UPDATE 3-Fire engulfs one of world's biggest sugar terminals in Brazil
SAO PAULO, Oct 18 (Reuters) - Fire on Friday destroyed most of the infrastructure at Copersucar's sugar terminal in Brazil, one of the biggest in the world, likely putting 10 million tonnes of export capacity offline for up to six months until repairs are made.
Santos port authority Codesp, which manages day-to-day operations at Brazil's main port, said the fire started in the conveyor system, which transports sugar through Copersucar's warehouses, around 6 a.m. Brasilia time (0900 GMT).
The fire, which subsequently spread through all of Copersucar's warehouses at its terminal after up to 300,000 tonnes of sugar ignited, has been contained from spreading further by firefighters but would likely burn for another two days, Codesp said.
"A conservative estimate would be six months to get this in operational form (again)," said a U.S. trader. "The jewel in their crown has been effectively destroyed."
The disaster added one more obstacle in the tortuous path that Brazilian agricultural products must take to global markets. Slow trucks, scarce rail transport and overcrowded ports already undercut the profitability of Brazilian sugar and grains production and cause bottlenecks for commodity markets.
Copersucar says nearly a fifth of the world's seaborne sugar trade flows through its trading desks.
ICE March raw sugar prices rose more than 6 percent to a one-year high on news of the fire, before paring gains. By 1400 ET the contract was up 3 percent at 19.58 cents per lb.
Copersucar officials said they had no additional information about the cause, containment and damage of the blaze beyond what the fire department and port authority Codesp have reported.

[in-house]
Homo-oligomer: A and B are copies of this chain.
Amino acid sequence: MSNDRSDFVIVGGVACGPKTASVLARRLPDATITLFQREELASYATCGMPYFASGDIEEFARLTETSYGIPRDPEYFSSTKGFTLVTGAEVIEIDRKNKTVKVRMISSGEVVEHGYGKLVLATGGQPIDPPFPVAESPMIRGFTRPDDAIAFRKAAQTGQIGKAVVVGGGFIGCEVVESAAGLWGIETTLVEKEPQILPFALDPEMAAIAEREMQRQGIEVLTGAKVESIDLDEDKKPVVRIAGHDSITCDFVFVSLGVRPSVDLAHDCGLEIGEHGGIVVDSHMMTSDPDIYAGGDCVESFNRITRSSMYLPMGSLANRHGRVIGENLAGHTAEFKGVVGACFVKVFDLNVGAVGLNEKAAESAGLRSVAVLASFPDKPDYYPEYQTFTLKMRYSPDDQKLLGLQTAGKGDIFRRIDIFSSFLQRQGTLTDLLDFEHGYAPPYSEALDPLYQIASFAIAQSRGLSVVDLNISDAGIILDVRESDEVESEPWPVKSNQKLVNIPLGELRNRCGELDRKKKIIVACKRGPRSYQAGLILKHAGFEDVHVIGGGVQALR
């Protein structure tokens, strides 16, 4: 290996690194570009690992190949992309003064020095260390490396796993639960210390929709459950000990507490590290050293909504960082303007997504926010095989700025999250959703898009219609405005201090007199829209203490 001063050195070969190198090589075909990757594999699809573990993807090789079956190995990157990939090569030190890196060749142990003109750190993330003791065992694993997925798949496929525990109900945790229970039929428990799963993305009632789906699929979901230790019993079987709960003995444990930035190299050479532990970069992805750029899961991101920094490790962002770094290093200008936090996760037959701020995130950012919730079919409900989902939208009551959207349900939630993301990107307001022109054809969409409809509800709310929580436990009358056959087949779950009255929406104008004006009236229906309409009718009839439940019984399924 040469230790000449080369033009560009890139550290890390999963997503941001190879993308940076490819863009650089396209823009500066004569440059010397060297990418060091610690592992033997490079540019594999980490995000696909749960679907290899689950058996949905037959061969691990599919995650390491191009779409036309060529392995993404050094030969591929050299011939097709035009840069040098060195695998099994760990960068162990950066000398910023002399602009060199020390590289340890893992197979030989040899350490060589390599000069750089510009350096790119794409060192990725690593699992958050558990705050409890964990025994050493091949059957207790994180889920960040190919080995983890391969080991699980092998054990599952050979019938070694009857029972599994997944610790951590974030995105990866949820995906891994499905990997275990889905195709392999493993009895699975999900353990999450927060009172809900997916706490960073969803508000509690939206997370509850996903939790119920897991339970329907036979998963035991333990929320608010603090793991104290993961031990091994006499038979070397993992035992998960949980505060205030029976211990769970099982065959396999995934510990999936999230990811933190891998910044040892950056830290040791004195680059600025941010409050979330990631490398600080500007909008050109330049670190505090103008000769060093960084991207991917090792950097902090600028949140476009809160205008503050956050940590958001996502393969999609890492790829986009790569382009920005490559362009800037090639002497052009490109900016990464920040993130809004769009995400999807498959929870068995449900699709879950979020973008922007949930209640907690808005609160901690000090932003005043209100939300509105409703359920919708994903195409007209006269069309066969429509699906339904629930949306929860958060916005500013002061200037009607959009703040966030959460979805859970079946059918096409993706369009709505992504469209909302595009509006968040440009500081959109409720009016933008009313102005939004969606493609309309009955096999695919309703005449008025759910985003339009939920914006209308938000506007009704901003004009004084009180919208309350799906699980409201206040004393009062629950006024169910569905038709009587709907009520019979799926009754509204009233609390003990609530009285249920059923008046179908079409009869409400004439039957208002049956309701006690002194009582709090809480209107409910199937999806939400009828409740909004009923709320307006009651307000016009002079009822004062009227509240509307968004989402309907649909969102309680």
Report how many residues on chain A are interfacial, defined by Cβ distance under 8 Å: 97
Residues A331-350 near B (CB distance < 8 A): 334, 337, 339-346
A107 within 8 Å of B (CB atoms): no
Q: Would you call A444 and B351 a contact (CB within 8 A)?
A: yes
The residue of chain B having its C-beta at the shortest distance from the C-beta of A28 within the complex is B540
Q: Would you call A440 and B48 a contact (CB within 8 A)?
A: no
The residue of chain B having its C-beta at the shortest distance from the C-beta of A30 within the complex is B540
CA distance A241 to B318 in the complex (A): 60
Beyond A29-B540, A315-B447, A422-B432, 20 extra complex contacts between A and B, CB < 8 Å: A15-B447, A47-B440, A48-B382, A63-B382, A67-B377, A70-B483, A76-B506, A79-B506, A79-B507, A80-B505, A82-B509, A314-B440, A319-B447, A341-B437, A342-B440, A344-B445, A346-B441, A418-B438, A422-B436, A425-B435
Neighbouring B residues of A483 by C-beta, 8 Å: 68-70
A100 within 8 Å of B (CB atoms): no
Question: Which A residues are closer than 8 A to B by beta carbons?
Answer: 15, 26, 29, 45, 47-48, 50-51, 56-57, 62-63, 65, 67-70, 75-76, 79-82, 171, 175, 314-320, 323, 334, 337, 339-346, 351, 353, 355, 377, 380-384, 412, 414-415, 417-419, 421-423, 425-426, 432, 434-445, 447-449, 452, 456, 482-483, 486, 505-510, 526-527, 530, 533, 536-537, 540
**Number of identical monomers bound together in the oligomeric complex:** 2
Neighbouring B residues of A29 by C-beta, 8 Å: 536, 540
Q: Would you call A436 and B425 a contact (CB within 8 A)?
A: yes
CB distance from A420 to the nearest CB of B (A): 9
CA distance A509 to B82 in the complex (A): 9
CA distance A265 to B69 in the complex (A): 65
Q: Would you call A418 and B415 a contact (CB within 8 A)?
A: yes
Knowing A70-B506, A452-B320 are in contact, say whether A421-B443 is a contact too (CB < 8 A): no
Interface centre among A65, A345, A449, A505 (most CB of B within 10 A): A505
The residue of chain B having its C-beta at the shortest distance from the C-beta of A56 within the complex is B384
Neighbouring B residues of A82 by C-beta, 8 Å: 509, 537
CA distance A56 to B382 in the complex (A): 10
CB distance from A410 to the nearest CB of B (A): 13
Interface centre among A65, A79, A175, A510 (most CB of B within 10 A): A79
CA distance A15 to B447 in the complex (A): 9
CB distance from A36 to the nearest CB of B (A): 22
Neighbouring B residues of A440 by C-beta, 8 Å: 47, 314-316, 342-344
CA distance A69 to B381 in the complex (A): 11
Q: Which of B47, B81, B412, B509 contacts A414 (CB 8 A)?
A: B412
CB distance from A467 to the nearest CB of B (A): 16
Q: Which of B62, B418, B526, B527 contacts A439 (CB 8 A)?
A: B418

Analysts at investment bank Credit Suisse said the destruction of the terminal infrastructure would not only affect short-term deliveries but would "also cause a disruption in Copersucar's loading operations in the next 3-6 months."
The fire did not affect terminal operations at other sugar exporters in Santos, such as Cosan SA, Sao Martinho SA or Noble.
Television footage showed a three-story high mountain of sugar engulfed in flames inside a warehouse that had lost most of its siding and roof to the flames.
Some of the overhanging conveyor belts that transport sugar between the warehouses and eventually to waiting ships appeared to have toppled over or were lying on the pavement alongside some of the warehouses.
Brazil is at the tail end of a record 585 million tonne center-south cane harvest that is expected to produce 34 million tonnes of sugar. Roughly 15 percent of the crop remains to be crushed.
In June, Copersucar inaugurated an expansion project at Santos that doubled its export capacity to 10 million tonnes a year.
Copersucar represents 47 sugar mills in Brazil and recorded revenue of $4.1 billion in 2012. The company had hoped in June to expand its annual trading volume to 9 million tonnes from 7.2 million tonnes in 2012.
When large stockpiles of sugar catch fire, it can be extremely difficult to extinguish it quickly. As the sugar burns into the center of the mound it creates a carbonized outer shell that inhibits the penetration of water and chemicals that would otherwise snuff out the blaze.
Firefighters will also have the challenge of dealing with subterranean passages that connect some of Copersucar's warehouses through which sugar is transported.
Fabrienne Pointier at data provider Platts said the loss of the large volume of sugar is not as bad as the damage the fire has done to Copersucar's infrastructure at Santos.
"The real significance is that it is going to slow down the logistics. It's going to be many months to rebuild those warehouses," Pointier said.